A year since 'Bloody Sunday' raids: 34 cops face murder raps, harassment of activists continues

Gaea Katreena Cabico - Philstar.com
A year since 'Bloody Sunday' raids: 34 cops face murder raps, harassment of activists continues
Human rights groups and progressive formations gather at the Commission on Human Rights compound to condemn the Bloody Sunday raids in Calabarzon on March 7, 2021.
Karapatan, Release

MANILA, Philippines (Updated 2:06 p.m.) — Human rights and labor groups called for swift action on the complaints filed against state forces involved in the “Bloody Sunday” raids that killed nine activists in Calabarzon.

A year after activists were killed as police and military personal executed search warrants on March 7, 2021, rights watchdog Karapatan and labor group Kilusang Mayo Uno said that attacks against and red-tagging of human rights defenders and unionists continue.

Union leader Manny Asuncion, and fisherfolk leaders Ariel Evangelista and Chai Lemita-Evangelista, housing rights activists Melvin Dasigao and Mark Lee Bacasno, indigenous Dumagat farmers Puroy and Randy Dela Cruz, and banana farmers Edward and Abner Esto were killed during simultaneous police and military operations in Batangas, Cavite, Laguna and Rizal. Authorities also arrested several others during the raids.

The victims were activists or members of leftist groups that state forces repeatedly accuse of being fronts for communist rebels.

In December last year, a murder complaint was filed against 17 policemen over the killing of Asuncion on the recommendation of the Department of Justice.

In January, the National Bureau of Investigation filed murder complaints against 17 members of the police’s Criminal Investigation and Detection Group over the killing of the Evangelista couple.

"Instead of immediately acting on the complaints filed against state forces involved in the massacre and arrests, what the Duterte administration did was to use 'Bloody Sunday' as a threat to workers tirelessly fighting for just wages, job security, and respect for labor rights," said KMU chairperson and senatorial candidate Elmer “Bong” Labog said.

"The Bloody Sunday massacre has become a precedent of worsening attacks on union leaders and community organizers," he added, noting the National Task Force to End Local Communist Armed Conflict (NTF-ELCAC) continues to intimidate and label workers and unionists as rebels.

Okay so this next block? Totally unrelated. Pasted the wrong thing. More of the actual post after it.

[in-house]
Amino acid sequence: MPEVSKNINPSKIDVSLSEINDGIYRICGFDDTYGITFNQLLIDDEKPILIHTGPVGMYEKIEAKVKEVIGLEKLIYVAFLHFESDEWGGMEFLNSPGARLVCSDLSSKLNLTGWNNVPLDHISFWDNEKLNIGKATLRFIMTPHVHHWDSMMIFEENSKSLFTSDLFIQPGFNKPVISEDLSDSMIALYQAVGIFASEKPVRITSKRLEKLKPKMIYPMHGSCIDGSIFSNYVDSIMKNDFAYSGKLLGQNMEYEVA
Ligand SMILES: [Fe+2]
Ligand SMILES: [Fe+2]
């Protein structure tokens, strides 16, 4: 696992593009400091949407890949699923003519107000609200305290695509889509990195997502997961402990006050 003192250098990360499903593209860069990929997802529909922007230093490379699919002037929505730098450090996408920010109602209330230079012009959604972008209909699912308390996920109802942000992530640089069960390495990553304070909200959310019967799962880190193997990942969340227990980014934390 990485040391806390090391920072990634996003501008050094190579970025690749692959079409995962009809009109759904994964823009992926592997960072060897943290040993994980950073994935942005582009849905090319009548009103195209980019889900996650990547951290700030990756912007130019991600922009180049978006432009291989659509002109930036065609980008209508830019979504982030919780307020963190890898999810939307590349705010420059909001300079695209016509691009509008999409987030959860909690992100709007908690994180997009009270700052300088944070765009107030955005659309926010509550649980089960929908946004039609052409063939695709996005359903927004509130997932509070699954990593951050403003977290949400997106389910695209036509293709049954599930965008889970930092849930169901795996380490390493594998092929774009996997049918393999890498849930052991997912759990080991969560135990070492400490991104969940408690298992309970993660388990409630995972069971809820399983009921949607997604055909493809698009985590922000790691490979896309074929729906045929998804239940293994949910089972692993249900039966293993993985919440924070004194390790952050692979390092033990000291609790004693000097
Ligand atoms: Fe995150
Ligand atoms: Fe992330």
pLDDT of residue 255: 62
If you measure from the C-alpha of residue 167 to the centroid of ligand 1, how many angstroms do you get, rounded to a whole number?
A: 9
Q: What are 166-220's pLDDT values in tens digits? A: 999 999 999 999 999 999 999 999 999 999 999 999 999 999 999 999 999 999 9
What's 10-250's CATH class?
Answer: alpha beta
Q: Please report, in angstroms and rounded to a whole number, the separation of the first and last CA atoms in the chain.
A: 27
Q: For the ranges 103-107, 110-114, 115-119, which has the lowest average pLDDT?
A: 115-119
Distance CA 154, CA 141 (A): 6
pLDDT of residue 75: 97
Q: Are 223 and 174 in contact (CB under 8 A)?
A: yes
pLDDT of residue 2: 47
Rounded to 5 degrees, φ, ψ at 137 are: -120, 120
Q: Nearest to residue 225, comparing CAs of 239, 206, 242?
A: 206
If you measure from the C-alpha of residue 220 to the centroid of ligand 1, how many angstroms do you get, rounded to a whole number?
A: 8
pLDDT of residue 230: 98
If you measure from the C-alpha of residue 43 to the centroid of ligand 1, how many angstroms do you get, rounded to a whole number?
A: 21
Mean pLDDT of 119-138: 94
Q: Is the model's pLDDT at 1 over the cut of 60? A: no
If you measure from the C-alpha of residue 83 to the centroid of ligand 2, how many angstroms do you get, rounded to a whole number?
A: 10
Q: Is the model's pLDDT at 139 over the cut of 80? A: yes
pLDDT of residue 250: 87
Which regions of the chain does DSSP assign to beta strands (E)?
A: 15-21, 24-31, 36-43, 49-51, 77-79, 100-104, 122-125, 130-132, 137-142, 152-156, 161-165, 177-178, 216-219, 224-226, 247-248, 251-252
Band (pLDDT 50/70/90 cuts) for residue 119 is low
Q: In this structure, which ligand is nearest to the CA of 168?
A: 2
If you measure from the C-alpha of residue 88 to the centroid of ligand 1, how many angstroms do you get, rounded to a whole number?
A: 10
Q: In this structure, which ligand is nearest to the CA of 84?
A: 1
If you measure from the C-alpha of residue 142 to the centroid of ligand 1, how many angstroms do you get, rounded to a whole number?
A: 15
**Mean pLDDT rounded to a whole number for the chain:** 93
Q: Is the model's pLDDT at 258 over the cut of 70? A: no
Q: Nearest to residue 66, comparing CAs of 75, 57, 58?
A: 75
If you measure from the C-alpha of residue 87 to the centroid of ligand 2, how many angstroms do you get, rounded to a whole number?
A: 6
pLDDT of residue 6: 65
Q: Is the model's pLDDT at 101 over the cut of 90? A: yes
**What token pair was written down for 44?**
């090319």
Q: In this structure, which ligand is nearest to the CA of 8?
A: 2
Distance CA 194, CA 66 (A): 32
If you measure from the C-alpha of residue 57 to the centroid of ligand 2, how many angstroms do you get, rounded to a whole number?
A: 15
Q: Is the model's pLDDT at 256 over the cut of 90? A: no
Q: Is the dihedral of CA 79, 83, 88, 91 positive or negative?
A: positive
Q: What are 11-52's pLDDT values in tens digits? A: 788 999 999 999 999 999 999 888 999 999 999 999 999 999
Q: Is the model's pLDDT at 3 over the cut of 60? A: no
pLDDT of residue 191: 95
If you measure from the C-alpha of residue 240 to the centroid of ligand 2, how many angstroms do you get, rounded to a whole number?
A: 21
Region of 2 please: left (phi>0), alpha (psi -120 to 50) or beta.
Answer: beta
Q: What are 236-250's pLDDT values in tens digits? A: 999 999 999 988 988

KMU also called on the Department of Labor and Employment to allow a physical high-level mission by the International Labour Organization to expedite the probes into killings of trade union leaders, organizers and activists.

Human rights advocacy and activism are routinely equated with insurgency in the Philippines, according to a report of the United Nations Human Rights Office said in 2020 that said that vilification of dissent and attacks against perceived critics of the government were being “increasingly institutionalized and normalized in ways that will be very difficult to reverse.”

Karapatan: Duterte, NTF-ELCAC must be held accountable

The raids came two days after President Rodrigo Duterte told security forces they could kill communist rebels and “ignore human rights.”

"We also assert that blood is not only upon the hands of the policemen involved in the raids: President Duterte’s kill-kill-kill orders, the red-tagging of NTF-ELCAC officials, and the judges who issued the warrants have clearly and directly led to this gruesome bloodshed a year ago," Karapatan deputy secretary general Roneo Clamor said.

Clamor said the killings and arrests during the dawn raids followed “tokhang-style” patterns since those killed were unarmed civilians and were sleeping.

"Even when they pleaded for their lives, they were mercilessly murdered while illegal weapons were planted in their homes to further the ‘nanlaban’ narrative and justify these killings, as the Duterte administration has repeatedly done in its sham and brutal drug war," he added.

In 2020, UN rights chief Michelle Bachelet said the Philippine government needs to revoke policies and rhetoric that result in killings and other human rights violations.

"To put an end to the proliferation of human rights violations, we must address the root cause: state policy and funding of military operations, such as the NTF-ELCAC," Labog said. 

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